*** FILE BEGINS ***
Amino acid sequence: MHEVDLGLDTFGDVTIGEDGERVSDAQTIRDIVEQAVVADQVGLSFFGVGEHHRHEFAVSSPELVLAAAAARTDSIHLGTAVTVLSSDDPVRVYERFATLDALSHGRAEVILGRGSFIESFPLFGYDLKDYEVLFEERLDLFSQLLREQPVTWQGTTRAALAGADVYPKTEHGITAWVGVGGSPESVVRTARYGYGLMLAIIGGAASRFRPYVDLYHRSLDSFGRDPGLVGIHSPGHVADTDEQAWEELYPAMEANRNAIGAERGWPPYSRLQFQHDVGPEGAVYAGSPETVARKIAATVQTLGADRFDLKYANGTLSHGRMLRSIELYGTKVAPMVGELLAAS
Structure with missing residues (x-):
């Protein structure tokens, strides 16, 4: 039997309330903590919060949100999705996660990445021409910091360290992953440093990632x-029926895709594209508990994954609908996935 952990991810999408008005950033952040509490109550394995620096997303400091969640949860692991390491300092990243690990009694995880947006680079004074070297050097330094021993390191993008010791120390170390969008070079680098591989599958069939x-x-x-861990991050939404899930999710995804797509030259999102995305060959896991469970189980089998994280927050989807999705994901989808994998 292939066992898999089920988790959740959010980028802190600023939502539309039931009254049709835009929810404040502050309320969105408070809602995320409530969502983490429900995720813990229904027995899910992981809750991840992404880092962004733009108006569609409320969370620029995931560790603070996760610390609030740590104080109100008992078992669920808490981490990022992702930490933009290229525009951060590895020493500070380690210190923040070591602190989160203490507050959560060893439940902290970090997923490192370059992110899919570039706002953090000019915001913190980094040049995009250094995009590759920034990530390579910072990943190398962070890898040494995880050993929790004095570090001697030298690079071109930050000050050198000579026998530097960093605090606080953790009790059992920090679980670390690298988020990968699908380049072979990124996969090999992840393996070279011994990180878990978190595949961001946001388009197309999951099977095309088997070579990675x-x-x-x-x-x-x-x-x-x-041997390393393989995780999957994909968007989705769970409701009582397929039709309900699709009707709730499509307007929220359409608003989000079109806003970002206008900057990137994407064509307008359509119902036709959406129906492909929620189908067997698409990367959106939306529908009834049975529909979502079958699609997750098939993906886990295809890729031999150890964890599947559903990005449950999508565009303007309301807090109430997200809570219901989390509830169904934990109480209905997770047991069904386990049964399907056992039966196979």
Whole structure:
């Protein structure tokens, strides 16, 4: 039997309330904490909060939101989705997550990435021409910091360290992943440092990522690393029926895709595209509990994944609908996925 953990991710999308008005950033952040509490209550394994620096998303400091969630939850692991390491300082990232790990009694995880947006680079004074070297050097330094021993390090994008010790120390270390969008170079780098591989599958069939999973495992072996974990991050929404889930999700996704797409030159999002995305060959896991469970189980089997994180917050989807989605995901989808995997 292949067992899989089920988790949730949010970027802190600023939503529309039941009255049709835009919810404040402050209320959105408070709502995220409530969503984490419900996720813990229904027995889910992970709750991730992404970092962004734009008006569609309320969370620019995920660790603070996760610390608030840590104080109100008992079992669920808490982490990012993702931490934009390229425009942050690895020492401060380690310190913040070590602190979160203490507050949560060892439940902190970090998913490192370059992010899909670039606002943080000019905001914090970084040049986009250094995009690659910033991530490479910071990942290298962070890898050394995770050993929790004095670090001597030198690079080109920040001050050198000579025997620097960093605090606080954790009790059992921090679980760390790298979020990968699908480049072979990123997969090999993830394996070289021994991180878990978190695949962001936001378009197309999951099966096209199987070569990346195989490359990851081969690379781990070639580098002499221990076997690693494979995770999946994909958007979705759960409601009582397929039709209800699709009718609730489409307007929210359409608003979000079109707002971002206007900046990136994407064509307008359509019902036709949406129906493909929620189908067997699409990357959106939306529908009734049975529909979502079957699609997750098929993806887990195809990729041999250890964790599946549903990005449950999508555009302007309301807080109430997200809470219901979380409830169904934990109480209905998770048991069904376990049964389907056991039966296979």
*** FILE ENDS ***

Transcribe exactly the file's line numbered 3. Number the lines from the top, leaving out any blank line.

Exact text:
């Protein structure tokens, strides 16, 4: 039997309330903590919060949100999705996660990445021409910091360290992953440093990632x-029926895709594209508990994954609908996935 952990991810999408008005950033952040509490109550394995620096997303400091969640949860692991390491300092990243690990009694995880947006680079004074070297050097330094021993390191993008010791120390170390969008070079680098591989599958069939x-x-x-861990991050939404899930999710995804797509030259999102995305060959896991469970189980089998994280927050989807999705994901989808994998 292939066992898999089920988790959740959010980028802190600023939502539309039931009254049709835009929810404040502050309320969105408070809602995320409530969502983490429900995720813990229904027995899910992981809750991840992404880092962004733009108006569609409320969370620029995931560790603070996760610390609030740590104080109100008992078992669920808490981490990022992702930490933009290229525009951060590895020493500070380690210190923040070591602190989160203490507050959560060893439940902290970090997923490192370059992110899919570039706002953090000019915001913190980094040049995009250094995009590759920034990530390579910072990943190398962070890898040494995880050993929790004095570090001697030298690079071109930050000050050198000579026998530097960093605090606080953790009790059992920090679980670390690298988020990968699908380049072979990124996969090999992840393996070279011994990180878990978190595949961001946001388009197309999951099977095309088997070579990675x-x-x-x-x-x-x-x-x-x-041997390393393989995780999957994909968007989705769970409701009582397929039709309900699709009707709730499509307007929220359409608003989000079109806003970002206008900057990137994407064509307008359509119902036709959406129906492909929620189908067997698409990367959106939306529908009834049975529909979502079958699609997750098939993906886990295809890729031999150890964890599947559903990005449950999508565009303007309301807090109430997200809570219901989390509830169904934990109480209905997770047991069904386990049964399907056992039966196979």